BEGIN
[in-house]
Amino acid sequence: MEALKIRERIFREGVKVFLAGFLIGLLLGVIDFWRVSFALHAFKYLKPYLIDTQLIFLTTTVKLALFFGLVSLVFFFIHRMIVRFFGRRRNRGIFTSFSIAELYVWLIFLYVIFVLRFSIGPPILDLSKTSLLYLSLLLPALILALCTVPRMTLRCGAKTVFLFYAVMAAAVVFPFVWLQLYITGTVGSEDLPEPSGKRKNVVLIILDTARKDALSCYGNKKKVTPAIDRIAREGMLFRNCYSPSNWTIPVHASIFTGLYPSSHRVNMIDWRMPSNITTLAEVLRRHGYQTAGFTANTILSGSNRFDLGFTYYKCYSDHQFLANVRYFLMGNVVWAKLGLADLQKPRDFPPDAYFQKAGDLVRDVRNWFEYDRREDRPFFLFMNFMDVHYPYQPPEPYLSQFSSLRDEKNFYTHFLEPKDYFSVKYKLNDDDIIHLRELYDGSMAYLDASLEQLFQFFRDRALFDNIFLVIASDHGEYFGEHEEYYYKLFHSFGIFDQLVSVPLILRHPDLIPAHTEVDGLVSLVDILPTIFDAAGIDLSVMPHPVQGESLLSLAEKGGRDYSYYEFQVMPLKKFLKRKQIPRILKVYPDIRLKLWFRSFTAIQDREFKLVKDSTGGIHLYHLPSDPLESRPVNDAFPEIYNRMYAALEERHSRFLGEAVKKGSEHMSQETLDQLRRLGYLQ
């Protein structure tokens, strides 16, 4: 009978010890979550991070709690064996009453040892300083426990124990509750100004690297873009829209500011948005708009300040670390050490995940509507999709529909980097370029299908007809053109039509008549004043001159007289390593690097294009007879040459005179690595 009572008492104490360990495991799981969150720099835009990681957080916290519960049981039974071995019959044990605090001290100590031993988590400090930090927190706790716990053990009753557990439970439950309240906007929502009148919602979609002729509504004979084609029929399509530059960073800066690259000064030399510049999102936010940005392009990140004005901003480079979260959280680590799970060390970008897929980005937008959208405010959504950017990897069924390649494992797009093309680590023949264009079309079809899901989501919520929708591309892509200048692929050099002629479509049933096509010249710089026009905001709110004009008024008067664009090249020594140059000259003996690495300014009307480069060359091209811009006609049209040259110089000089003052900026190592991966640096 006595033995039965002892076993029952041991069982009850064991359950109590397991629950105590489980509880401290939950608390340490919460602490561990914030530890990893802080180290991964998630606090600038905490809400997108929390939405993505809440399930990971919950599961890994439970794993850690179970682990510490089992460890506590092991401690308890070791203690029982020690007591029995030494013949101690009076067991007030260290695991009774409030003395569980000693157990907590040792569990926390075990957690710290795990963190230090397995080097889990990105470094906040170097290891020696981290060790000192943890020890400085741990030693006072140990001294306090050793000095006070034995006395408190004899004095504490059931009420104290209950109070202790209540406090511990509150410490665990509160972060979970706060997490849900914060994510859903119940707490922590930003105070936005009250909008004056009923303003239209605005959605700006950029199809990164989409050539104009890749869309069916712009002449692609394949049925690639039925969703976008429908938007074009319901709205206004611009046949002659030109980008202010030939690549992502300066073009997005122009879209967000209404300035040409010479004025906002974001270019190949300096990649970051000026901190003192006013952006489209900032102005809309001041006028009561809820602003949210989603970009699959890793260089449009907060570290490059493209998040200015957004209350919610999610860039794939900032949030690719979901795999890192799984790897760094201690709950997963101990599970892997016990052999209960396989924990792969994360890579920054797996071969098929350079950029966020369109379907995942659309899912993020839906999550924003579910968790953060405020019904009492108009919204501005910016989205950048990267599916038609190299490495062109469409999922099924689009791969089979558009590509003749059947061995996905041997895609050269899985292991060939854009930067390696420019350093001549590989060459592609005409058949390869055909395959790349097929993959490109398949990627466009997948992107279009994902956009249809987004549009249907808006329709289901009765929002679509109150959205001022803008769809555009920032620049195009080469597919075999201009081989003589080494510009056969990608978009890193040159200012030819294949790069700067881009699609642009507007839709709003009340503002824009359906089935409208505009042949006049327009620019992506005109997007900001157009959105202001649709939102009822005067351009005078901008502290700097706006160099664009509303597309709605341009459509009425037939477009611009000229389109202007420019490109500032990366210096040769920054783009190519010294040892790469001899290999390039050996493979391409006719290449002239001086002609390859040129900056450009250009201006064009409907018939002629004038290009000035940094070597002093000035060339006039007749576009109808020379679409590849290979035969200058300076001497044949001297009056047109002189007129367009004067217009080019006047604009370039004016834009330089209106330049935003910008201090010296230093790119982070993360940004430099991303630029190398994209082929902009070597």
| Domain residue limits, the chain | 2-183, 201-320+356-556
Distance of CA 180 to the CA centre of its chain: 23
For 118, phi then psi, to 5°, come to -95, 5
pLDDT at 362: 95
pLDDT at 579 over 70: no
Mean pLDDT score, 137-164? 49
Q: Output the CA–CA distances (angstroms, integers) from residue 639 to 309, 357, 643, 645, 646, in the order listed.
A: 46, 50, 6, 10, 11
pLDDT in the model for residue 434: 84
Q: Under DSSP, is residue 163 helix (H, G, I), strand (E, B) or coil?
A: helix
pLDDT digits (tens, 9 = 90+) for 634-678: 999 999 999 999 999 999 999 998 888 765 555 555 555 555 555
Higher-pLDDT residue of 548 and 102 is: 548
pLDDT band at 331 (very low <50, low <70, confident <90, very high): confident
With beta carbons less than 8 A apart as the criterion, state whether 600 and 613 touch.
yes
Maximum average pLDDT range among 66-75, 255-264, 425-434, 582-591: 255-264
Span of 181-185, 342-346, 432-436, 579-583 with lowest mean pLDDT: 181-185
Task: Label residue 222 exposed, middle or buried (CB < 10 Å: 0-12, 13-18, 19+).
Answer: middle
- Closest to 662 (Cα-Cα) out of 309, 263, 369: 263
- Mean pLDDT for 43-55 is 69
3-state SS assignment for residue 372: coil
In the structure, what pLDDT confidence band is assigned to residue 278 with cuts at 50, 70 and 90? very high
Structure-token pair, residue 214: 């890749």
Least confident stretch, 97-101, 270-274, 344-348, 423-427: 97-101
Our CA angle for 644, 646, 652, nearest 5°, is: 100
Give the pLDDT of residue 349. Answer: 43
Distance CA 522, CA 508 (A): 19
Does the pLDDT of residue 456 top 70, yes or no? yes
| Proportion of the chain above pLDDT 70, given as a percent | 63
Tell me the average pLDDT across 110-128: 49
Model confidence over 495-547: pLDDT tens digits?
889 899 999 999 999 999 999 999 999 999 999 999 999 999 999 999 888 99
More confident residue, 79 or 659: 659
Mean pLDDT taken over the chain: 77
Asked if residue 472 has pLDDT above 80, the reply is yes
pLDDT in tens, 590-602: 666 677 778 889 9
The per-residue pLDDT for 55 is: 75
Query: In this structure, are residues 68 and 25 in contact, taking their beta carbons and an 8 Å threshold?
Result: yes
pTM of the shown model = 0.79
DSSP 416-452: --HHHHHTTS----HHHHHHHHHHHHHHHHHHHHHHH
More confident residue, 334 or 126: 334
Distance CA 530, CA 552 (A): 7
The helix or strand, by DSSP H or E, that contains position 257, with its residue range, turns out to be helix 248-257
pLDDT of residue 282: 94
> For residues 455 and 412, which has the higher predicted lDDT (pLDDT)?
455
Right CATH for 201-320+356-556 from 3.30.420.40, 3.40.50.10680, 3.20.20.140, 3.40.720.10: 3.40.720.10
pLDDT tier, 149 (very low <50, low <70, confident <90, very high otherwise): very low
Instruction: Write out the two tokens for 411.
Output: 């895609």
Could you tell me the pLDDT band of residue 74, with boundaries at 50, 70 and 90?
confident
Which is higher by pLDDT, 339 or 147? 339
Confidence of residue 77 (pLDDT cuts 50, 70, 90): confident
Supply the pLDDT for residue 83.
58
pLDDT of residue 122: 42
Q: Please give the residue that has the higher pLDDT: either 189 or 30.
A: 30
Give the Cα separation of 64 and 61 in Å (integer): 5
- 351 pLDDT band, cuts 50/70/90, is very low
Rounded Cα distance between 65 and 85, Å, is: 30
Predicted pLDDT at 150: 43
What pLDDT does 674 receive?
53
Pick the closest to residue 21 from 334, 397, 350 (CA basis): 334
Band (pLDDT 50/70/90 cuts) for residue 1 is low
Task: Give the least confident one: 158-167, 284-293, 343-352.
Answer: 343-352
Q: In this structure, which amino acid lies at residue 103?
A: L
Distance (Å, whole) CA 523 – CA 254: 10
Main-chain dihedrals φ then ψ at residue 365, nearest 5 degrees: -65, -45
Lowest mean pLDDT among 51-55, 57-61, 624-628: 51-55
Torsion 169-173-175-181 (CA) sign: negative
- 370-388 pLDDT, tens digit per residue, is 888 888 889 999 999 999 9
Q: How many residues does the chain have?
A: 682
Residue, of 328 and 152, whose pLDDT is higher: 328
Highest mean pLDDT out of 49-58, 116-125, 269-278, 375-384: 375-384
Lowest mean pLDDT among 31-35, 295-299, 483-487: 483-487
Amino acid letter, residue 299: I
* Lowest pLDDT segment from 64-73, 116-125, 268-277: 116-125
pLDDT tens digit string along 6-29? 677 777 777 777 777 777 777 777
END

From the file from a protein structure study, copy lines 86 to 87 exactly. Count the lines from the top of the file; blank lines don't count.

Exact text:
Highest mean pLDDT out of 49-58, 116-125, 269-278, 375-384: 375-384
Lowest mean pLDDT among 31-35, 295-299, 483-487: 483-487